Patients typically do not present with clinical symptoms until stage 4, although exceptions exist. As kidney function declines, serum creatinine and blood urea nitrogen (BUN) begin to rise. Serum phosphorus increases, as this element is primarily eliminated renally. Toxic waste molecules such as urea and uric acid start to accumulate in the blood, causing the patient to become symptomatic. Patients often experience nausea and vomiting, weight loss, poor appetite, and fatigue as they approach kidney failure. Uric acid may accumulate and crystallize on the skin, a condition termed uremic frost.3,4 As a consequence of uremic encephalopathy, patients may become disoriented and confused and have difficulty concentrating.5 Anemia develops as the kidney becomes unable to produce enough erythropoietin to maintain adequate hemoglobin concentrations. Alterations in vitamin D, calcium, and parathyroid hormone concentrations also develop in conjunction with the rise in serum phosphorus.

Many of these conditions require medications for correction. For example, erythropoiesis-stimulating agents are used to treat anemia, phosphate binders correct hyperphosphatemia, and vitamin D analogues treat secondary hyperparathyroidism. Mental-status changes, uremic frost, and volume overload, as well as nausea and vomiting, can be improved through adequate dialysis therapy.


The first working HD machine was constructed in 1943 by Dr. Willem Kolff; however, it was not specifically designed for long-term use in the typical stage 5 ESRD patient.6 The basic concept of modern HD involves running a patient’s blood through an external circuit, where it is funneled through a semipermeable membrane filter and exposed to a dialysate (dialysis fluid). Here the blood is cleansed of uremic toxins and excess fluid while, simultaneously, beneficial solutes are transported from the dialysate to the blood. For example, bicarbonate serum concentrations—often low in ESRD patients—can be corrected by dialyzing the blood against a rich bicarbonate solution. In the U.S., an HD session typically lasts 3 to 4 hours and occurs 3 to 4 days per week, usually in a free-standing center or clinic. In 2008, 66% of HD patients were treated in chain HD centers, while about 31% were treated in hospitals and nonchain centers.1

HD requires a vascular-access site, a dialyzer, and a dialysate.7 The dialysate consists of a concentrated electrolyte solution dissolved in water. Different types of dialysate solutions are available commercially. A typical dialysate contains 130 to 145 mEq/L sodium, 2 to 3 mEq/L potassium, 2.5 to 3.5 mEq/L calcium, and 100 to 200 mg/dL glucose, along with magnesium and alkaline buffers.8 The bicarbonate, which comes as a dry powder, is added later, as it is too unstable to be mixed with the dialysate. The water must initially be passed through a reverse osmosis system each week to remove the aluminum and biomaterials such as bacteria and endotoxins.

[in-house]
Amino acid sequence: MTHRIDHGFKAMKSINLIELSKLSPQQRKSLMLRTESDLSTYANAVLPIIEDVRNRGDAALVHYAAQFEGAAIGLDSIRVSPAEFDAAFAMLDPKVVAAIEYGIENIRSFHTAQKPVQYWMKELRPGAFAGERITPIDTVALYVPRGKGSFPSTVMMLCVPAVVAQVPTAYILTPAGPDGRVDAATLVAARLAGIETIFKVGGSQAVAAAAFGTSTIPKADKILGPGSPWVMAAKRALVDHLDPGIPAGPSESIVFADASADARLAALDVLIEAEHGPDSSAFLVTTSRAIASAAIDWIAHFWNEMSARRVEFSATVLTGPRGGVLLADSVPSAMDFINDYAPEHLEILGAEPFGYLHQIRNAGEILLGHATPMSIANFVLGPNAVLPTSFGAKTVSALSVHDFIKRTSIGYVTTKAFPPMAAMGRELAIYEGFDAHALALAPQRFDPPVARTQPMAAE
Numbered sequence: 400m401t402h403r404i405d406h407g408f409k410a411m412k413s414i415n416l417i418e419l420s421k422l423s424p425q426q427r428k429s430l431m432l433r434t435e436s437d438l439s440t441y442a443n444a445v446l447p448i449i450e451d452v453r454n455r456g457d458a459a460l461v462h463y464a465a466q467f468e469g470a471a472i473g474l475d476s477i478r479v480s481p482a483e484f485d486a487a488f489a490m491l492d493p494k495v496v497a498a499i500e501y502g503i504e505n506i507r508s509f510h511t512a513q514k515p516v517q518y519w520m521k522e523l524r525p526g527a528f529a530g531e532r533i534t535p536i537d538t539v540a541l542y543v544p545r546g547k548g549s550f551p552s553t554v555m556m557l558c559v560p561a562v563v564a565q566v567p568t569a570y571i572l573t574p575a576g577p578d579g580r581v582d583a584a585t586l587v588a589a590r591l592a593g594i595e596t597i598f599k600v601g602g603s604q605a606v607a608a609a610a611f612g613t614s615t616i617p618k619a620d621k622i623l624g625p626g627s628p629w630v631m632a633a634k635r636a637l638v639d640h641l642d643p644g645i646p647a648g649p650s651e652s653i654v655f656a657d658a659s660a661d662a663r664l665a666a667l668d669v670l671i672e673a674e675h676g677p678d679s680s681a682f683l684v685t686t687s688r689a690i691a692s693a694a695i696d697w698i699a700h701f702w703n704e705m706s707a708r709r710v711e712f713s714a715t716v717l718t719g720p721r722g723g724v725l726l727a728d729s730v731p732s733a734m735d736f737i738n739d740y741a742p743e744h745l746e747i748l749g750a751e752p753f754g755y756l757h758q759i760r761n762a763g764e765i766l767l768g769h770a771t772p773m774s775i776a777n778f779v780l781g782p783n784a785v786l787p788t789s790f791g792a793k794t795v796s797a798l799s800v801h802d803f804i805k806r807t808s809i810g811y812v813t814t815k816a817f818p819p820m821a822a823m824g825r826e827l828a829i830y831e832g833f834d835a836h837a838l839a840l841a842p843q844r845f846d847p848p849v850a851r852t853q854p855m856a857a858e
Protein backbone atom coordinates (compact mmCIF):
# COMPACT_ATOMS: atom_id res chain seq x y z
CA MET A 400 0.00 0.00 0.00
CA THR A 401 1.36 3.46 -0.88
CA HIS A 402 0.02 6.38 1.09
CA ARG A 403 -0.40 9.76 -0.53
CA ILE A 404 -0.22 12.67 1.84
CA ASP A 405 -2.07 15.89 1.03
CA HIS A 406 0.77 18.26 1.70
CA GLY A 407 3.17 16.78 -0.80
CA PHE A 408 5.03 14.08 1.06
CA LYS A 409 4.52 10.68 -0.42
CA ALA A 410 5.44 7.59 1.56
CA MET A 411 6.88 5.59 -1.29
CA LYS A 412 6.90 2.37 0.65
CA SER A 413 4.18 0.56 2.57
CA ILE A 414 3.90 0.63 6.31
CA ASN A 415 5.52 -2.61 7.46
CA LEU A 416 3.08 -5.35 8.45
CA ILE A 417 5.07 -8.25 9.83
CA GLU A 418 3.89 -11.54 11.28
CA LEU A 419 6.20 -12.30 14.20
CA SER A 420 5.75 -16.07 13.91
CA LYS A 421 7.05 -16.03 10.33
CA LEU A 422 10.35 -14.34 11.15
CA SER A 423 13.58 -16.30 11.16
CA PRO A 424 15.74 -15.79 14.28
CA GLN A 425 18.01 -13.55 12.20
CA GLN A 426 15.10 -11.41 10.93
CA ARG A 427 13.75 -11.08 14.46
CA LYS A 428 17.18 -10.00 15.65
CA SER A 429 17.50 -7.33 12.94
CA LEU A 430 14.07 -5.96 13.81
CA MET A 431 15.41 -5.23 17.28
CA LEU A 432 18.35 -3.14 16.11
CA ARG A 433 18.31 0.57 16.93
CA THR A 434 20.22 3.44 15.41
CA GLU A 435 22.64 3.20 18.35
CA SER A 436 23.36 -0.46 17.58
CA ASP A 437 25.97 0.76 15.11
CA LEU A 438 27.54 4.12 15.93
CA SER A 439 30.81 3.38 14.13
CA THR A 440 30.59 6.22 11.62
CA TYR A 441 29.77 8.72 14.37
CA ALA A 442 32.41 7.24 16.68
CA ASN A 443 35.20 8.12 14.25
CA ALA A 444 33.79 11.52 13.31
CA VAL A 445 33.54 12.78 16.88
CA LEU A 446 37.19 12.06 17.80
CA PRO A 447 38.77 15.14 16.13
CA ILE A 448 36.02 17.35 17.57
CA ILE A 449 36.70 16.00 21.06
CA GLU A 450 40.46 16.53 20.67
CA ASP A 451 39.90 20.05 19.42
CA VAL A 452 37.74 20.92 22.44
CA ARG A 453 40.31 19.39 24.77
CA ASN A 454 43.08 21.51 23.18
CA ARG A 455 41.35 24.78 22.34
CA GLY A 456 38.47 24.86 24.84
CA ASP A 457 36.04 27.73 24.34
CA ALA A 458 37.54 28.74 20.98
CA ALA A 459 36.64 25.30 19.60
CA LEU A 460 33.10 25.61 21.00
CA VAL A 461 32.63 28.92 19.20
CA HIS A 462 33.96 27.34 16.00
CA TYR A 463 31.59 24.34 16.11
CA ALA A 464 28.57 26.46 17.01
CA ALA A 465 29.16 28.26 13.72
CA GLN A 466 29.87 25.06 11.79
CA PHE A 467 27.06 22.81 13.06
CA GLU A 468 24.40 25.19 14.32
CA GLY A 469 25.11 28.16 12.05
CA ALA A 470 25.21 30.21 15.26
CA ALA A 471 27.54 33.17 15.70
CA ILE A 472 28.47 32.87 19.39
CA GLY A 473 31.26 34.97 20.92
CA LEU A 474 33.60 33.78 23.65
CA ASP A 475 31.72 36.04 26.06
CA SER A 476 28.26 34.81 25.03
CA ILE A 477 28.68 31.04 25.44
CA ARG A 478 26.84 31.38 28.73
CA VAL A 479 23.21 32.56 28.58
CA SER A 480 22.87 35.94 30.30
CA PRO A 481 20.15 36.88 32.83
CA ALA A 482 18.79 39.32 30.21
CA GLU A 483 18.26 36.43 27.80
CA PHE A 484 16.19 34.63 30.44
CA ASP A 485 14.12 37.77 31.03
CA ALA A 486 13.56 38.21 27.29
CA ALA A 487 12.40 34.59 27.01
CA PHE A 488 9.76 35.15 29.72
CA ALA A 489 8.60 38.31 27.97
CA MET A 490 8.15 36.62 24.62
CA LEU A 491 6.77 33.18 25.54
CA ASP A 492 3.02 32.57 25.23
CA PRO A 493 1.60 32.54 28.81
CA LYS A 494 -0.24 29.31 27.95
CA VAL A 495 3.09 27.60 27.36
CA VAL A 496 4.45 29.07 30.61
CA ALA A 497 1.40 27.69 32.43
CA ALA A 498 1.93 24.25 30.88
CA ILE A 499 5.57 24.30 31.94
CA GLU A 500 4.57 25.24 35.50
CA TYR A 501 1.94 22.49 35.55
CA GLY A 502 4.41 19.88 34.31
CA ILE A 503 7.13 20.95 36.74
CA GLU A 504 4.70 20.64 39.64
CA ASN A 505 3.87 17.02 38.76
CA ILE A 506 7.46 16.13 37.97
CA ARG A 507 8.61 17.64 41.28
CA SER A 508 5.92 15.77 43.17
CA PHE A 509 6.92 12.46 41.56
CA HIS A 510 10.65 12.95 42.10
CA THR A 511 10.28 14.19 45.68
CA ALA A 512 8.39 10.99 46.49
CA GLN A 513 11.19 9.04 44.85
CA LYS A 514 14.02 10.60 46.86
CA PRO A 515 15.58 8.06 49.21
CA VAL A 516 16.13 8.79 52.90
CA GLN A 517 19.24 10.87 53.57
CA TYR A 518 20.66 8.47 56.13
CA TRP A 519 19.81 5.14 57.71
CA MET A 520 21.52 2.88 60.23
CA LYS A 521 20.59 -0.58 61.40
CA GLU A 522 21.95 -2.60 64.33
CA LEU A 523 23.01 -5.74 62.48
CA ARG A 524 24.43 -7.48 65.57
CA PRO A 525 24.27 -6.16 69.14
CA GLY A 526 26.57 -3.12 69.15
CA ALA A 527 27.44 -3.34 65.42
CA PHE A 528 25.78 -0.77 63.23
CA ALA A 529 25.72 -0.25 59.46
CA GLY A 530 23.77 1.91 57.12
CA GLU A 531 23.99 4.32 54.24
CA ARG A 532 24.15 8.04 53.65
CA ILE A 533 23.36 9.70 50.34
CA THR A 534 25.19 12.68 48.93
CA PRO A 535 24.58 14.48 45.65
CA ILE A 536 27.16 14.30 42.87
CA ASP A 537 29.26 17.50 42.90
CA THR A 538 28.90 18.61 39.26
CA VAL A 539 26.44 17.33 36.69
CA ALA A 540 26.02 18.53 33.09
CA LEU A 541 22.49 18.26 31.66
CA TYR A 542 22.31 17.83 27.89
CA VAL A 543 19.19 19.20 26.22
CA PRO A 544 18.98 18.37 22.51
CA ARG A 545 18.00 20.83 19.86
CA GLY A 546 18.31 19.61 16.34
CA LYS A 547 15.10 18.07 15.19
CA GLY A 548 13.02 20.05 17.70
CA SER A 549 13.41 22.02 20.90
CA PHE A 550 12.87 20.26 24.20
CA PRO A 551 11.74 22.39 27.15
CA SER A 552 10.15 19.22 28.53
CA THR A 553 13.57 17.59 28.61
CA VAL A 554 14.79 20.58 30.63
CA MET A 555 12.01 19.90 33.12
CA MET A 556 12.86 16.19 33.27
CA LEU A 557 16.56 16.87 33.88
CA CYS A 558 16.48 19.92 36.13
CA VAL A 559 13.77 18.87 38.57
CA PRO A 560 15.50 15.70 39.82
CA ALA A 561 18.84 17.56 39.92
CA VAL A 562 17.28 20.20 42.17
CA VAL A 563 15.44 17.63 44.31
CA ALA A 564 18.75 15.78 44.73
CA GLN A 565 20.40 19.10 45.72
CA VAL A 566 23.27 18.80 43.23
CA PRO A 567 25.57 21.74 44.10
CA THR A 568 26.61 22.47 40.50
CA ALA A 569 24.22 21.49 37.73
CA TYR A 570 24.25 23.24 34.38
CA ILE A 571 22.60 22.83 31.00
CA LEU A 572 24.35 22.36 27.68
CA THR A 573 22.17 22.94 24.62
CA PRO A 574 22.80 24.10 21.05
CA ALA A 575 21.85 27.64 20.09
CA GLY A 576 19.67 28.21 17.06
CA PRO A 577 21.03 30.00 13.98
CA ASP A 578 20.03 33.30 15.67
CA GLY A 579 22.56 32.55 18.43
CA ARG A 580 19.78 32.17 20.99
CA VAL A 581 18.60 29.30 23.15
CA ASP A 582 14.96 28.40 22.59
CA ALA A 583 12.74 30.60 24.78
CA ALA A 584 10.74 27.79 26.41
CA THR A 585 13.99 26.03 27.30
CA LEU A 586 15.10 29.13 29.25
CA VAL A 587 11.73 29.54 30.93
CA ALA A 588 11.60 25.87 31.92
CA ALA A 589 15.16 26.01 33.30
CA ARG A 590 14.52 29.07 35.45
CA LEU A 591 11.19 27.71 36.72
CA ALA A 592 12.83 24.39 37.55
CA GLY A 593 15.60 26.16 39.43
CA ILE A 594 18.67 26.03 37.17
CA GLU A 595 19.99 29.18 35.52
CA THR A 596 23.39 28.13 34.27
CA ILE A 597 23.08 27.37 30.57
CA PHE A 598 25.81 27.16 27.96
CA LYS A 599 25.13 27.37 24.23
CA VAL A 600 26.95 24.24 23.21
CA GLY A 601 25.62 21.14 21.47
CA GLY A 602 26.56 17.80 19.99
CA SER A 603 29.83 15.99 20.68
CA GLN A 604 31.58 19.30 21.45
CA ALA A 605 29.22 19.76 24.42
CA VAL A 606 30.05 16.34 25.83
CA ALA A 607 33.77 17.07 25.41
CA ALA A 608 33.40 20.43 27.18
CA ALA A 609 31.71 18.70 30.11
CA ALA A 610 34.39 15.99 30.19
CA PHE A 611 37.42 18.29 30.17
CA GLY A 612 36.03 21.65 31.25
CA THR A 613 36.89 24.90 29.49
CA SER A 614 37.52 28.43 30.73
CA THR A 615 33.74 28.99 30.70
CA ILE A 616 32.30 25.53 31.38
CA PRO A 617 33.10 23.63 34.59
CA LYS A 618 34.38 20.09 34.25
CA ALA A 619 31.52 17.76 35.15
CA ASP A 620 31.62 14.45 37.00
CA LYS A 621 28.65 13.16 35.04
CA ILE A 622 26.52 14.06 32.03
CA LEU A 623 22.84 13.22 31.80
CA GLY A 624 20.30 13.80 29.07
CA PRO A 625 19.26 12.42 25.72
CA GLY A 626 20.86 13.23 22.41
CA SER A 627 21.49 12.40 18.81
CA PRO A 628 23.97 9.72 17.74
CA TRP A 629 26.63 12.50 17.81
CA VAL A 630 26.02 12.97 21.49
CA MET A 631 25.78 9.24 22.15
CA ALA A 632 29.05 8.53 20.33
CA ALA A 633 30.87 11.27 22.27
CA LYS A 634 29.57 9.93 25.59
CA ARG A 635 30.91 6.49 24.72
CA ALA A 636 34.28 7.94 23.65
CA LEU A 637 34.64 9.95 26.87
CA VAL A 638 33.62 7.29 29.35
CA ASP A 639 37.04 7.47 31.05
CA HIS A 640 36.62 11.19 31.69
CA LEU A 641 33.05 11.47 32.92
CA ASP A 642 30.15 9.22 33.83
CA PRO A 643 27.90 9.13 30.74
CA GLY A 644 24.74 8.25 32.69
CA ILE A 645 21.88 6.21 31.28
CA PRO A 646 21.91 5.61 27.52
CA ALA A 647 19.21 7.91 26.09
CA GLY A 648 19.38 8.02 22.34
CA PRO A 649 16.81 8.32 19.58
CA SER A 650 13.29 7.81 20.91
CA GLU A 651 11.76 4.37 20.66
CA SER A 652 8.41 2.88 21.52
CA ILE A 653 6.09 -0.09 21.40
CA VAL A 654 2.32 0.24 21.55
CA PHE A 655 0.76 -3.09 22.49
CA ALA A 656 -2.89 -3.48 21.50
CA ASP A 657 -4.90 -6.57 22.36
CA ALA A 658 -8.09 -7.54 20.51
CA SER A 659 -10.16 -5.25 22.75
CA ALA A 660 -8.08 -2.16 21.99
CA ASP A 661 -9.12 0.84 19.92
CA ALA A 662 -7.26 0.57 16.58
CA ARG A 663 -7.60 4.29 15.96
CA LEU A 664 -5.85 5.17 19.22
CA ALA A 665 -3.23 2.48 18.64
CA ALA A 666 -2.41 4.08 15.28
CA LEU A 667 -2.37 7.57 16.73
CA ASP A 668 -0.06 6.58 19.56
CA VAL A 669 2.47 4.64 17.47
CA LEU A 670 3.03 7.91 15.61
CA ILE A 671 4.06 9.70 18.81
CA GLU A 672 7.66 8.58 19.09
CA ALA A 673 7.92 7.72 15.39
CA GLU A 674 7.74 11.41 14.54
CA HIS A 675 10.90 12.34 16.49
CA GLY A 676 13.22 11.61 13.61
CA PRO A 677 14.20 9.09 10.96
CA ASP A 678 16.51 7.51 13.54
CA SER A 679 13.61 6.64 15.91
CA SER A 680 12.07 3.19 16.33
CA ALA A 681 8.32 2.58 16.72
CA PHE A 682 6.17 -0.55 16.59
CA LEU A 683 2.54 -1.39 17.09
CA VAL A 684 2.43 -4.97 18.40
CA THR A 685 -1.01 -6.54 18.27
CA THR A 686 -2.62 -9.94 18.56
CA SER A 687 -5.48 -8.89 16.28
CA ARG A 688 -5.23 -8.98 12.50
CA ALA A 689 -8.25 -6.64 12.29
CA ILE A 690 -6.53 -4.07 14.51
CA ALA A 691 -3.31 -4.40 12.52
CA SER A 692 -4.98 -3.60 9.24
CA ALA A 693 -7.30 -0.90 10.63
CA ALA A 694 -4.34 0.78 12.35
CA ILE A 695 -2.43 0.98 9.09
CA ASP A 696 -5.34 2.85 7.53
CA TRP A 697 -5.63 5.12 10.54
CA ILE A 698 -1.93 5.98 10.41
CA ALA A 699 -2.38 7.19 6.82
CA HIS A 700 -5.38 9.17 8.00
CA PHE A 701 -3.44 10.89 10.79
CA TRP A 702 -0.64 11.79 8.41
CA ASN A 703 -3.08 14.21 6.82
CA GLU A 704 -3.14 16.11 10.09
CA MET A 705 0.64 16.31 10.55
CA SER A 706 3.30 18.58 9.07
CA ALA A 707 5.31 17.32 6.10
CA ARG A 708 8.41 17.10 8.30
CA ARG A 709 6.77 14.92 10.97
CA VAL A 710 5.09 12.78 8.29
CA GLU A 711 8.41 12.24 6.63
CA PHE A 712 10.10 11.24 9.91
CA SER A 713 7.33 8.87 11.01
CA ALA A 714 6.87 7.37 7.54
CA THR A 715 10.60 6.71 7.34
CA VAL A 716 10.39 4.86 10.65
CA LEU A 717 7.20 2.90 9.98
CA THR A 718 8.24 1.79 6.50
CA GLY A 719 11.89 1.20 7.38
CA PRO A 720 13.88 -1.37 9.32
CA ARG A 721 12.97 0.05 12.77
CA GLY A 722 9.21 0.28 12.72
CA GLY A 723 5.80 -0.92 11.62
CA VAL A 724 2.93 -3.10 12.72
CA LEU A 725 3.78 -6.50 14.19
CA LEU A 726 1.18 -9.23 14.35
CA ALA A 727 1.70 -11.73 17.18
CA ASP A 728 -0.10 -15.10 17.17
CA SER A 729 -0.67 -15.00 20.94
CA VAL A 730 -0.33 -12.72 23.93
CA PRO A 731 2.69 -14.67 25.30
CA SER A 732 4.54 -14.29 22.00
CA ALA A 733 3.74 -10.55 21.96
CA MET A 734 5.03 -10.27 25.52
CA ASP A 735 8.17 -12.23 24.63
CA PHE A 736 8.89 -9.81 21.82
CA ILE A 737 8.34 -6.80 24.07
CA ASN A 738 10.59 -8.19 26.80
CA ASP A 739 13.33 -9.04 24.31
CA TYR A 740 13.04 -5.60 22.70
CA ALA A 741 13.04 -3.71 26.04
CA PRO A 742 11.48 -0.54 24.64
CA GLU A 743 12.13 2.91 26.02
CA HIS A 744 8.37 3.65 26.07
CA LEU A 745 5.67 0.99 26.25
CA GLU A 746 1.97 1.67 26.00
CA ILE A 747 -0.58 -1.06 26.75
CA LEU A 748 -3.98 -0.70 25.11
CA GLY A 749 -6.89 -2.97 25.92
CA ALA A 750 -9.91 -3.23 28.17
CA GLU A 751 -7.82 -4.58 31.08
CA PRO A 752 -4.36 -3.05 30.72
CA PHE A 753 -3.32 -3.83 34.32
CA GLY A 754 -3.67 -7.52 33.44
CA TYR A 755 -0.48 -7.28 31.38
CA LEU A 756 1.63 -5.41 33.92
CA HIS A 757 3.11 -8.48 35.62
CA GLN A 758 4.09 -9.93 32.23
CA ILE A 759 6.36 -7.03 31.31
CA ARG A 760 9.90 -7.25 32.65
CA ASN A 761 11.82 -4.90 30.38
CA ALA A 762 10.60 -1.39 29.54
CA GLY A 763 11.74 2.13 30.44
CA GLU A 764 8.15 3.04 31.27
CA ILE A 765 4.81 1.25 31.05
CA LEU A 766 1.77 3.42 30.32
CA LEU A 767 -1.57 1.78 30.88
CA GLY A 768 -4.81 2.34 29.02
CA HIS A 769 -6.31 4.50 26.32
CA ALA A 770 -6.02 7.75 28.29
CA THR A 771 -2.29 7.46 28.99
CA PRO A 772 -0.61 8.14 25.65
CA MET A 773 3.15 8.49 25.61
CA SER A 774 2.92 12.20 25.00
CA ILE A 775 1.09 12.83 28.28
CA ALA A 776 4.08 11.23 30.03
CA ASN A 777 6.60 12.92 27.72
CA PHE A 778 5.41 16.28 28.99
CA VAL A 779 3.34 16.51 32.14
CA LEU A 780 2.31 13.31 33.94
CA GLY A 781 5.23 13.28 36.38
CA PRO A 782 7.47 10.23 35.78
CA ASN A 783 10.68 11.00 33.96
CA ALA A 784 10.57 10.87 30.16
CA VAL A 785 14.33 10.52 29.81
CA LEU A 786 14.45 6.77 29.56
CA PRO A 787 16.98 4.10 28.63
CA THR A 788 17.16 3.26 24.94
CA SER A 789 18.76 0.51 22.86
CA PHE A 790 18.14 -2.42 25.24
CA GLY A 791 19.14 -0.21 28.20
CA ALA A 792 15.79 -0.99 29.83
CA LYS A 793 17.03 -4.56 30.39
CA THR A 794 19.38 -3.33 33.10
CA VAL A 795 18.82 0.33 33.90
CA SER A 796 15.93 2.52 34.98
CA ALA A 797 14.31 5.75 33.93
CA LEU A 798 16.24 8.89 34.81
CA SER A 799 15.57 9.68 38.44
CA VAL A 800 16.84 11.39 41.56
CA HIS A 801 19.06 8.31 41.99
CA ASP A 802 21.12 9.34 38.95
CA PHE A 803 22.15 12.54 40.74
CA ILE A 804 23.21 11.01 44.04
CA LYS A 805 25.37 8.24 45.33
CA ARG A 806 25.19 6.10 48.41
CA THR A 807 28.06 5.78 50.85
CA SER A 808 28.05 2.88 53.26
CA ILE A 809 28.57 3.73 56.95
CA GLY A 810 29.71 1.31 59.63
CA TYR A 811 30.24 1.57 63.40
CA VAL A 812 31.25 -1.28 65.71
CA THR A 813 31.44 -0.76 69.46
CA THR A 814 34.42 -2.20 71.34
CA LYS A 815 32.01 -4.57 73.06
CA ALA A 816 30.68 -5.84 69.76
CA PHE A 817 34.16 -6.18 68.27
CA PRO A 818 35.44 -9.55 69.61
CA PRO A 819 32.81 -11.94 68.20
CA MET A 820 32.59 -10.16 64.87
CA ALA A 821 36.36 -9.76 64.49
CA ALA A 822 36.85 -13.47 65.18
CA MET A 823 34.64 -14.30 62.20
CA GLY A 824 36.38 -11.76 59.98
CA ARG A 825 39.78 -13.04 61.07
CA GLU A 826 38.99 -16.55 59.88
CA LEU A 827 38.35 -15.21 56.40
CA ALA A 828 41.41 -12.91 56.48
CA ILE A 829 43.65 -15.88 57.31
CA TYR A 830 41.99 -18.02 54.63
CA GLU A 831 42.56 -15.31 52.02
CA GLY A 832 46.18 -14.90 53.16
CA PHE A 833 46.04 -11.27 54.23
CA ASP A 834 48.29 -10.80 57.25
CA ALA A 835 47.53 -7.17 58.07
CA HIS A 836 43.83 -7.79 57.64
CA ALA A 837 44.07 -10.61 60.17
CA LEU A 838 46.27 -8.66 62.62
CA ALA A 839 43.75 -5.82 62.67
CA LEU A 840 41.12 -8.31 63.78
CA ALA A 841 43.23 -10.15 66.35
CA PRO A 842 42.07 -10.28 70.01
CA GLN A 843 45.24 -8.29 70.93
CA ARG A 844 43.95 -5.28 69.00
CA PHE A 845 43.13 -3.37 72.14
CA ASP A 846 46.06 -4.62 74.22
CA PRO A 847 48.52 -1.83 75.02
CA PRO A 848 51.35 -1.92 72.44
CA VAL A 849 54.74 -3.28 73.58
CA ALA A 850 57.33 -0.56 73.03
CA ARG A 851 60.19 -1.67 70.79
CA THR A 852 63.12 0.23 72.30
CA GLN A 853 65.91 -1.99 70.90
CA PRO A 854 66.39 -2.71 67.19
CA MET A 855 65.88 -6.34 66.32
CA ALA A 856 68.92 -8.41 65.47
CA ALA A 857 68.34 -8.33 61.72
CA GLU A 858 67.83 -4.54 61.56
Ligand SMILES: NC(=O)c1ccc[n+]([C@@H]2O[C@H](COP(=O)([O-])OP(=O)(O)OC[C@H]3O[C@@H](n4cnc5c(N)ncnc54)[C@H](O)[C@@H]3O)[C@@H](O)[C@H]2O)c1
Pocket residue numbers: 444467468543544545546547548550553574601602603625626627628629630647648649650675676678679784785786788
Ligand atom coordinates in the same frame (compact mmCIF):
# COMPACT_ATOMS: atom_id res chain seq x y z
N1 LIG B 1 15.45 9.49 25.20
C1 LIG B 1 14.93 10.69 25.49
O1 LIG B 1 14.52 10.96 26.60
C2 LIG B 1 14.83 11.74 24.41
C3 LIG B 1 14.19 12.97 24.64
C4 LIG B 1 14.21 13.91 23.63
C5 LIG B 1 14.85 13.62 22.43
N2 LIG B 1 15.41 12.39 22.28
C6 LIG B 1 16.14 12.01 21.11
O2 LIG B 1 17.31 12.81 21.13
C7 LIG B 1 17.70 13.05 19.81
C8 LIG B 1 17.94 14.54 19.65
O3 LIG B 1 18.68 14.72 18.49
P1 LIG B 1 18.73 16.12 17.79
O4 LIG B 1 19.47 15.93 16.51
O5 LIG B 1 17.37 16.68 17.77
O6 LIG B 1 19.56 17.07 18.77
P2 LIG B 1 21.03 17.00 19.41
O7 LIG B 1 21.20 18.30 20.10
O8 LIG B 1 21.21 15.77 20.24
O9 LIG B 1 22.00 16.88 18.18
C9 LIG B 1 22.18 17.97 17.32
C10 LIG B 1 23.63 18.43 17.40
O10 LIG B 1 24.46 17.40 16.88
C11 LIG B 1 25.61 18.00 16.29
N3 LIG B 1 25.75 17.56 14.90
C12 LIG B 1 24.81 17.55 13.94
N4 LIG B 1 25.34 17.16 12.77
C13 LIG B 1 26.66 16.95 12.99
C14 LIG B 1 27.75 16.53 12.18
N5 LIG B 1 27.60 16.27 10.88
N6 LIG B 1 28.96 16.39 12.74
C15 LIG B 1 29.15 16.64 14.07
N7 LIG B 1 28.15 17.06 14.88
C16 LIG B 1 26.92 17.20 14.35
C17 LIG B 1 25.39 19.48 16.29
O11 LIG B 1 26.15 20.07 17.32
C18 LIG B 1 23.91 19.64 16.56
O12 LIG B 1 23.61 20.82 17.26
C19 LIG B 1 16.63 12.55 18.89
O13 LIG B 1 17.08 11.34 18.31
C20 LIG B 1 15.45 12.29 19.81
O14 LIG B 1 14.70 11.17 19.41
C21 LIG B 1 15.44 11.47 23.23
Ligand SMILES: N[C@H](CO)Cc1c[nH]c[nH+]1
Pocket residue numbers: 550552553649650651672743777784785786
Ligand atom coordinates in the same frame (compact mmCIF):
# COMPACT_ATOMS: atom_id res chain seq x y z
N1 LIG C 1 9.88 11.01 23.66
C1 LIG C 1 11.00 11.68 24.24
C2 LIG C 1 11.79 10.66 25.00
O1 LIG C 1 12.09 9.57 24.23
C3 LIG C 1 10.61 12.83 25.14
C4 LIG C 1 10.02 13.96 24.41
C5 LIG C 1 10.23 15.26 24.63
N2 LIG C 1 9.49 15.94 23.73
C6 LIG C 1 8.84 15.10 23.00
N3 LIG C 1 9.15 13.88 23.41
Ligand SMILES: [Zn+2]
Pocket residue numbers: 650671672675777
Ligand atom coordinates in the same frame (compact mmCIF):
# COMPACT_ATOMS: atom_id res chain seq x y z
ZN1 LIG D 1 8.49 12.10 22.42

The dialyzer, also referred to as a filter or artificial kidney, is a semipermeable membrane responsible for diffusion and ultrafiltration. Diffusion is the movement of solutes from high to low concentration through a semipermeable membrane. This mechanism removes waste products from the blood during HD. Ultrafil tration, the movement of fluid across a semipermeable membrane that is caused by differences in pressure, removes excess fluids from the body and is used primarily to treat edema.7

Many different types of dialyzers are available. The most common form is the hollow-fiber or capillary dialyzer, which contains thousands of hollow fibers surrounded by a rigid polyurethane shell. Two ports are located on each end of the dialyzer to allow the blood and dialysate to flow in and out. The blood flows through the fibers and the dialysate surrounds the fibers. The two fluids flow in opposite directions, allowing a concentration gradient to form and resulting in diffusion and ultrafiltration. Low-molecularweight (LMW) molecules (<5 kDa) move freely across the membrane, while large molecules are restricted. The LMW molecules that are cleared include urea, creatinine, vitamin B12, phosphate, and inulin, among others.7

One of the best-known dialyzer–drug interactions occurs between ACE inhibitors and certain dialyzers. Several studies in the early 1990s reported on anaphylactic reactions observed when AN69 dialyzer membranes were used in conjunction with ACE inhibitors.9-14 AN69 dialyzers were composed of polyacrylonitrile membranes that could increase bradykinin generation. When this effect was magnified by the ability of ACE inhibitors to decrease bradykinin breakdown, patients experienced severe and sometimes life-threatening anaphylactic reactions.

Because dialysis requires access to the patient’s blood supply on a regular basis, one of the challenges in delivering successful treatment is finding a reliable mode of ongoing IV access. Dialysis needles are large in diameter (generally 14-17 gauge) to allow for maximal blood flow in a relatively short period of time; it would take too long to dialyze a patient using a needle with a very small bore. The three types of access commonly employed in ESRD patients are the arteriovenous fistula (AVF), polytetrafluoroethylene (PTFE) graft, and central venous catheter.15